Kittens and puppies growing up together isn’t that strange, but most people don’t imagine this with baby cheetahs in the mix.
The cheetah is the fastest cat, in terms of running. In terms of breeding, it might be one of the slowest, to the point where it doesn’t happen at all. National Geographic reported in December 2016 that there were around 7,100 left in the wild. This is close to complete extinction. The population got so low for several reasons, including poaching, desperate farm owners protecting their land, and also the nature of the cat's panicky personality. Cheetahs are anxious and nervous. Equipped with thin bodies built for speed, they’d rather outrun enemies than put up a fight. Their jaws are not as strong as other cats, and their teeth are not as large, so if another predator comes along after a cheetah has made a kill, the cheetah will likely not defend its food. In zoos and habitats, the instinct to remain anxious and alert doesn’t leave, even if they are safe from predators. In this case, their energy has nowhere to go. They are stuck, jittery and restless, waiting for something to happen.
When cats are this nervous, they aren’t as likely to mate.
Many zoos, such as the Cincinnati, Columbus, Metro Richmond, and San Diego zoos, have had canines and cats cohabiting in order to save the species, according to CBS News. In 2013, the Dallas Zoo raised two cheetah kittens and a black Labrador puppy, only two days younger than the cats, together.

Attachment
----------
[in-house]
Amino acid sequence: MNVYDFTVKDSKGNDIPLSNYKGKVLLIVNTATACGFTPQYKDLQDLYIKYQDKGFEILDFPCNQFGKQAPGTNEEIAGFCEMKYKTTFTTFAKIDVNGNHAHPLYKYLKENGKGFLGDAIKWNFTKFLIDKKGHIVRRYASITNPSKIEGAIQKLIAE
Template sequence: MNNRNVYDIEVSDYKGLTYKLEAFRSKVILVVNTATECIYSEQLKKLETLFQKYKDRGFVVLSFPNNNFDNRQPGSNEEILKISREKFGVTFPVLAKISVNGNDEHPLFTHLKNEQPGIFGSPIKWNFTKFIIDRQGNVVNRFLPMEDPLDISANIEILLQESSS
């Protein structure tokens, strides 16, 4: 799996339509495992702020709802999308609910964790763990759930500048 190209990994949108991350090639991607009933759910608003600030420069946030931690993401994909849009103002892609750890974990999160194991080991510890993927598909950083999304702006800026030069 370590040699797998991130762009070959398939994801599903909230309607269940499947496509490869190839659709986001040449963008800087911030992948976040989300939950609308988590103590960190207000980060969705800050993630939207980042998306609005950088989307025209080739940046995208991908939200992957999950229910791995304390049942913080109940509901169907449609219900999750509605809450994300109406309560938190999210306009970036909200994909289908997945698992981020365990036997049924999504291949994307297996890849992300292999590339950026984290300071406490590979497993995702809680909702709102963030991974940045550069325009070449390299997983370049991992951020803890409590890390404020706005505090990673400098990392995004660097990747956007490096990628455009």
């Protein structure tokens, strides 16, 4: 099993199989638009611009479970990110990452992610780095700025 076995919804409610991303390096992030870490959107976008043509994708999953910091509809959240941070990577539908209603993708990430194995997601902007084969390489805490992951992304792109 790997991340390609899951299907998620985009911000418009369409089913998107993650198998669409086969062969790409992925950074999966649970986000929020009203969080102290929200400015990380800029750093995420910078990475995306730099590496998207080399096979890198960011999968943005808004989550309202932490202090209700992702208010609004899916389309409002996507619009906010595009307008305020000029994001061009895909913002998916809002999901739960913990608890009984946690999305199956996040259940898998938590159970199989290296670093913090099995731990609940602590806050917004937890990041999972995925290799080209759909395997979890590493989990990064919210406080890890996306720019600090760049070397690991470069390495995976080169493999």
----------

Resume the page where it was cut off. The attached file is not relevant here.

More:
Pairing the animals for a new cross-species litter works because of the animals’ personalities. Though dogs and cats are very different, and dog people may not see eye-to-eye with cat people, it is clear that one can help the other by learning to be more playful and relaxed. The overall goal is for the puppies to teach these small differences of behavior to the cheetah cubs. They play together, and the dogs calm the cats when needed, as a litter mate, sibling, and best friend, through thick and thin.
This is not the only way that dogs have helped to save the species. The Cheetah Conservation Fund encouraged the use of large dogs, specifically the Anatolian Shepherd, on farms in areas of Namibia where cheetahs are native. Since cheetahs learned sometimes it is easier to sneak onto farmland for a good snack rather than hunt, most of the time farmers shoot them down to save their herds. However, the Anatolian Shepherd is scary enough to keep cats from creeping onto the land. With a bark, the cheetah goes running, and there is no reason for the farmer to harm the animal. Since 1994, when the use of the Anatolian Shepherd was first introduced in Namibia, the cheetah population has reportedly doubled in size. Right now it is possible to donate to the Conservation Fund, or even sponsor an Anatolian Shepherd to participate in the program.
While a trip to Namibia is likely not an easy option, heading down to the local zoo is. Many zoos now are hopping on the conservation train by bringing in dogs to stay with their cheetahs, often adopted mutts from local shelters or they are sometimes Labradors or Shepherds. Now it is easy to witness the unusual dual-species friendship firsthand. It is heartwarming enough to see from the CBS news video, as a Labrador dog cuddles and licks a cheetah after surgery. The caretakers even stressed that they believed the cub wouldn’t have made it without her canine sibling. While dogs and cats might be neighborhood enemies, in the game of conservation, their friendship can save the species.